“When you get into the larger aircraft it becomes like a hotel, with dozens of staff supporting the plane based in a galley area down below. You have very comprehensive cooking facilities, and on larger aircraft we have looked at theatres, with spiral staircases and a Steinway grand piano. The limitations for what you can put inside a plane are pretty much the limits of physics, and even money cannot always overcome that. Even so, people are still always trying to push [the limits]. ”
European firm to offer fractional shares and jet cards
Against a backdrop of tumbling stock markets and a huge banking crisis, Jet Republic has launched what it hopes will become a successful fractional and
jet card operation in Europe. The company has plans to buy up to 110 Bombardier Learjet 60XR aircraft. The first 25 of these midsize jets are under firm orders, with deliveries due to begin in October 2009.
In addition to selling shares in the Learjet 60XRs, Jet Republic plans to offer a card program for which an approved group of undisclosed operators will provide flights. Card packages will start at 25 hours and will be available for aircraft categories ranging from light jets such as the Cessna Citation Bravo to "global cabin" models including the Dassault Falcon 7X.
According to Jet Republic, fractional shares in the Learjet 60XR will start at one sixteenth, providing 50 flight hours per year. Share prices will be calculated on the basis of a $14.6 million price tag for a whole aircraft. Jet Republic's 110-aircraft deal is valued at $1.5 billion, which would give each jet a purchase price of just over $13.6 million. On top of the share price, owners will pay monthly management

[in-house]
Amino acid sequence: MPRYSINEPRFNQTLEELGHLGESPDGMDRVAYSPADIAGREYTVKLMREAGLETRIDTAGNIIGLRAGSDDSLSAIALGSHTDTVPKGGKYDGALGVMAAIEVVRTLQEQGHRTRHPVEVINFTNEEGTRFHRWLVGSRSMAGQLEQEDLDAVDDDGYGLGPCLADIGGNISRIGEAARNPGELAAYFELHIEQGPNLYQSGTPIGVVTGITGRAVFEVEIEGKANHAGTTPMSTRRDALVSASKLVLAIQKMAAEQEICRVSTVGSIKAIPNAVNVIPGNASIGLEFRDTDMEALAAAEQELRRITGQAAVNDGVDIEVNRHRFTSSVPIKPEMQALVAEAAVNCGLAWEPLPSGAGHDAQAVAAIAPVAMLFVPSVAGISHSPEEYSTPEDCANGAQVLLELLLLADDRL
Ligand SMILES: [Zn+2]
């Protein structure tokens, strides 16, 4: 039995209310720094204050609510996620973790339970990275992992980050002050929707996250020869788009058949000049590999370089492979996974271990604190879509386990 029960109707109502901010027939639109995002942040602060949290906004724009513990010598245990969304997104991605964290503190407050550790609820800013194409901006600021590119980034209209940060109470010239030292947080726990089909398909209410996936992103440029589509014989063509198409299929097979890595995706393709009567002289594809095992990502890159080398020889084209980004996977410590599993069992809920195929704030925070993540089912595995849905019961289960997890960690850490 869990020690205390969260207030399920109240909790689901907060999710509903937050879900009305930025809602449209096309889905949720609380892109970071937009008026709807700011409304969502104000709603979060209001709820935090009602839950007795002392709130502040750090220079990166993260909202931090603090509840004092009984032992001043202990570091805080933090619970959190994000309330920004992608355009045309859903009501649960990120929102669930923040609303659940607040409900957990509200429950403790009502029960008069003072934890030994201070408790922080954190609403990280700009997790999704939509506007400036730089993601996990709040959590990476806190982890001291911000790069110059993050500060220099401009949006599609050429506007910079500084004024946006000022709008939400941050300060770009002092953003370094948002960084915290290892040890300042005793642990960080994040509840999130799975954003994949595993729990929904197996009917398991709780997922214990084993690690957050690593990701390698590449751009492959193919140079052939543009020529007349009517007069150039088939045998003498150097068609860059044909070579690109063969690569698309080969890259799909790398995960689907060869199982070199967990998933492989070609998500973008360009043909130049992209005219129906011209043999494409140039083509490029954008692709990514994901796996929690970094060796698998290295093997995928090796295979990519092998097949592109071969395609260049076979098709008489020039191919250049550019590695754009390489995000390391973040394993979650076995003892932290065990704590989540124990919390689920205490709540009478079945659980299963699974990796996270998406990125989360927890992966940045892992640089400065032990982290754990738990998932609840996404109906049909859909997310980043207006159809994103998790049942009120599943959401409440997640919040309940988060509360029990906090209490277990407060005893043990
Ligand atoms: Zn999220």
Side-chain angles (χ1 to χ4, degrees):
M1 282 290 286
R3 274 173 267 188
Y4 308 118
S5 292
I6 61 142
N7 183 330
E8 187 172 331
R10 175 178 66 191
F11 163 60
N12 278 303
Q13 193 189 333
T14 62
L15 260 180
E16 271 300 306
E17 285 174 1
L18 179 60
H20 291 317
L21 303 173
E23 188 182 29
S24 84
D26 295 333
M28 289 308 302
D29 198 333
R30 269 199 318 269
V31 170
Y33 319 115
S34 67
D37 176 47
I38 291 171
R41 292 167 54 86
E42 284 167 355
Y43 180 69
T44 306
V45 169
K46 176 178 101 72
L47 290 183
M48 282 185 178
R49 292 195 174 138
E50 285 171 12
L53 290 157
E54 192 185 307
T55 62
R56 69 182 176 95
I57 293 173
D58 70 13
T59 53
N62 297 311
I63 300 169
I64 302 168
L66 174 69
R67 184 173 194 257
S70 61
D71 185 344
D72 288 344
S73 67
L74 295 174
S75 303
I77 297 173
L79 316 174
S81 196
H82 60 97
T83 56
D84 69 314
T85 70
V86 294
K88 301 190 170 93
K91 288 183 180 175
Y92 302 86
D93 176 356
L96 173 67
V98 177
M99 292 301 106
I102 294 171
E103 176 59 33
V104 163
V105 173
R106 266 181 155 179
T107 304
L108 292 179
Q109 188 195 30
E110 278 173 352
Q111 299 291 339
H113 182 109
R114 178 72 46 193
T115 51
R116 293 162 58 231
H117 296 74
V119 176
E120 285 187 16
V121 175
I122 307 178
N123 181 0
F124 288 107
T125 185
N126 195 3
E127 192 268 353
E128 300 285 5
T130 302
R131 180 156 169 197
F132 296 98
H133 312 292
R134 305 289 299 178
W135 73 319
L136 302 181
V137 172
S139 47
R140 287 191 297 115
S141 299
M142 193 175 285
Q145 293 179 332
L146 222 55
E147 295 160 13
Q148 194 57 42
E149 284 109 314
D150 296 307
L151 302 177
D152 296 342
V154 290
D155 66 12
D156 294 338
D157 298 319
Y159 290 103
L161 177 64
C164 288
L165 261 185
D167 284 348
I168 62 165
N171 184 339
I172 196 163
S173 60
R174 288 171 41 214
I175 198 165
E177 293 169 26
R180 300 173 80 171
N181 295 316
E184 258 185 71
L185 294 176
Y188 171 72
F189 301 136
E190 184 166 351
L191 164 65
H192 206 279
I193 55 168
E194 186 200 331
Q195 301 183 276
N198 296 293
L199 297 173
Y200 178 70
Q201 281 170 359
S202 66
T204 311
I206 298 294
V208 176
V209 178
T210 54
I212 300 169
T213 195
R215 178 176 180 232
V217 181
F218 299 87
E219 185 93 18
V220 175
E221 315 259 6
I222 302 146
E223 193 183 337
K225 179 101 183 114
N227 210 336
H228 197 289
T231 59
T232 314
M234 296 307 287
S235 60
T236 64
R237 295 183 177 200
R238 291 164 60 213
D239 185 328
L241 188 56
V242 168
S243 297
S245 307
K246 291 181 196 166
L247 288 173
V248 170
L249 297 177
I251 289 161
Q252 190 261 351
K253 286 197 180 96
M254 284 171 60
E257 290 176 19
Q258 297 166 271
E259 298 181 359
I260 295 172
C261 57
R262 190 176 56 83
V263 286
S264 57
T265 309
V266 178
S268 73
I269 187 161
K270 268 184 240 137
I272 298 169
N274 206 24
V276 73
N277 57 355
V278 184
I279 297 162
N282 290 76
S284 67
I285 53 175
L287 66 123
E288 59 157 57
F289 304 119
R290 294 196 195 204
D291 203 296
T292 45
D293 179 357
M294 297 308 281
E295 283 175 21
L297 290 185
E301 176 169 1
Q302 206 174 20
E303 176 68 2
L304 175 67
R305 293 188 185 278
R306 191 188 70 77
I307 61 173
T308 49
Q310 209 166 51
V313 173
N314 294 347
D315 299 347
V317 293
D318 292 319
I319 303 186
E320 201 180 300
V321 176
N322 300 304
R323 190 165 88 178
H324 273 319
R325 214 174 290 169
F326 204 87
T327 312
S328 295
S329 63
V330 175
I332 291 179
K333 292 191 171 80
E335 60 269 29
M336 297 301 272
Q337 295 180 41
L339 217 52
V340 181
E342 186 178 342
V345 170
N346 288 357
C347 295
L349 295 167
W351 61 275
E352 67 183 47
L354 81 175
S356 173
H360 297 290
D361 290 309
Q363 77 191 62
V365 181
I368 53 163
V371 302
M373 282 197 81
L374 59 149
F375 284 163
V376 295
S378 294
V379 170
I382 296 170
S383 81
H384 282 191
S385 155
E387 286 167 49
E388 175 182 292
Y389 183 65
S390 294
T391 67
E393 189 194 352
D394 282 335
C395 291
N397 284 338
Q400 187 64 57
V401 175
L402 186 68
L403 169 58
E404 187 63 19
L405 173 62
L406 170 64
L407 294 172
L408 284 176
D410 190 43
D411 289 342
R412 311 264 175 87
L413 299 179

fees of €2,000 ($2,940) and hourly occupied rates of €3,500 ($5,145). Leases will also be available at €2,000 per month, plus monthly management and hourly occupied charges. At the end of the five-year fractional contract, Jet Republic will offer to buy back an owner's share at a "fair market value" price to be set by independent experts. Clients will be allowed to leave the program after three years under the same terms.
If successful, Jet Republic could become the most direct challenge yet to NetJets' dominance of the European fractional ownership market. Asked what his company will offer that NetJets Europe doesn't provide, Jet Republic CEO Jonathan Breeze, who formerly worked in sales for NetJets Europe and Air Partner, pointed to his company's planned 24-hour global concierge support, BlackBerry connectivity, multilingual flight attendants, hot food, fresh espresso and iPod video systems. Jet Republic airplanes will be available with 24 hours' notice from share owners and charter customers. By comparison, NetJets Europe guarantees availability with just 12 hours' notice, but Breeze argued that having less than a 24-hour cut-off damages customer service and encourages customers to deliberately book flights late in the hope of getting an upgrade to larger aircraft.
Breeze claimed that Jet Republic's jet card would be better than Air Partners' JetCard in that it has no fuel or airport surcharges and because prices are fixed for the life of the contract and clients can leave the program at any stage, with all remaining credit being refundable. According to Air Partner, however, these benefits are all already available through its JetCard.
The block-charter card offered by Jet Republic-for which flights will be available ahead of the company receiving its own aircraft-will allow customers to carry forward flight hours not used within the period for which they were purchased. The company has also offered to refund payments for unused hours but has not specified under what terms this would be permitted.
Jet Republic claims to have debt-free financial backing from the European American Investment Bank AG (Euram Bank), a private investment bank in Austria, and a consortium of its clients. According to Breeze, Jet Republic's founders were turning away prospective investors when its launch capital was being finalized during the summer-apparently indicating that, despite the worsening squeeze on credit, some still view business aviation as an attractive investment opportunity.